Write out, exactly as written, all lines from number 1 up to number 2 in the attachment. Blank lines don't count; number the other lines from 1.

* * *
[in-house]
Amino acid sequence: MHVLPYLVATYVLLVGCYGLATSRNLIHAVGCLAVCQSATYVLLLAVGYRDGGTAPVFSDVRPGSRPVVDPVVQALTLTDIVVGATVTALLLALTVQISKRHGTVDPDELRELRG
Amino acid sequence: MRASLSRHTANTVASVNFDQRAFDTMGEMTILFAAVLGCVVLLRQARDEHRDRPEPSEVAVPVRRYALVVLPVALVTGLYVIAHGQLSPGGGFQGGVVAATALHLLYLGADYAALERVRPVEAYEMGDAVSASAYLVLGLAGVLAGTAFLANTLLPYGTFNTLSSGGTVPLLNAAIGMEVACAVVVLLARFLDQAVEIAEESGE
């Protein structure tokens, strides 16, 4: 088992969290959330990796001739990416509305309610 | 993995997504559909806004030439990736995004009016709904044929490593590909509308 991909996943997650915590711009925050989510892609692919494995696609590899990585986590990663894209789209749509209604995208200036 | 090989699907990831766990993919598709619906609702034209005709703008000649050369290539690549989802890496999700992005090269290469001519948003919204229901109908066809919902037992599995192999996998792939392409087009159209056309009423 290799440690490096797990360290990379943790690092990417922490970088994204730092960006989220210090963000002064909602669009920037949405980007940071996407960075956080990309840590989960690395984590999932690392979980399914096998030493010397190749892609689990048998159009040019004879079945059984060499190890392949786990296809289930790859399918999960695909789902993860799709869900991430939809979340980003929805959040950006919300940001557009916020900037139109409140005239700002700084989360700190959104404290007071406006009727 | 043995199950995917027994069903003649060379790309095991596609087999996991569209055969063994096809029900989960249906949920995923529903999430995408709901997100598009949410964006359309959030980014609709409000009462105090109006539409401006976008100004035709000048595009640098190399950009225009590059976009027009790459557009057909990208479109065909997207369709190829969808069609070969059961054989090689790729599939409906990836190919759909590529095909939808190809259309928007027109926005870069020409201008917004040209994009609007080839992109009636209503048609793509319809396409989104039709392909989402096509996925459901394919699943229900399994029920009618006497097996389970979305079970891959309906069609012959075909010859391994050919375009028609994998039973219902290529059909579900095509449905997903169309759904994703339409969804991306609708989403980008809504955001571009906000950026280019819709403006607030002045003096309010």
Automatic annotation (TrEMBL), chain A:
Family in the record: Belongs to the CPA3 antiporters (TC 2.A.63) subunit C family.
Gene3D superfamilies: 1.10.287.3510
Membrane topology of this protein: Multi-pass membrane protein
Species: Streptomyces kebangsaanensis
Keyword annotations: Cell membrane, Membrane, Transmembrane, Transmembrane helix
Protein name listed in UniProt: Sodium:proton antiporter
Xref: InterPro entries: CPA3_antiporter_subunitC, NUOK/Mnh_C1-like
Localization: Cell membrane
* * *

[in-house]
Amino acid sequence: MHVLPYLVATYVLLVGCYGLATSRNLIHAVGCLAVCQSATYVLLLAVGYRDGGTAPVFSDVRPGSRPVVDPVVQALTLTDIVVGATVTALLLALTVQISKRHGTVDPDELRELRG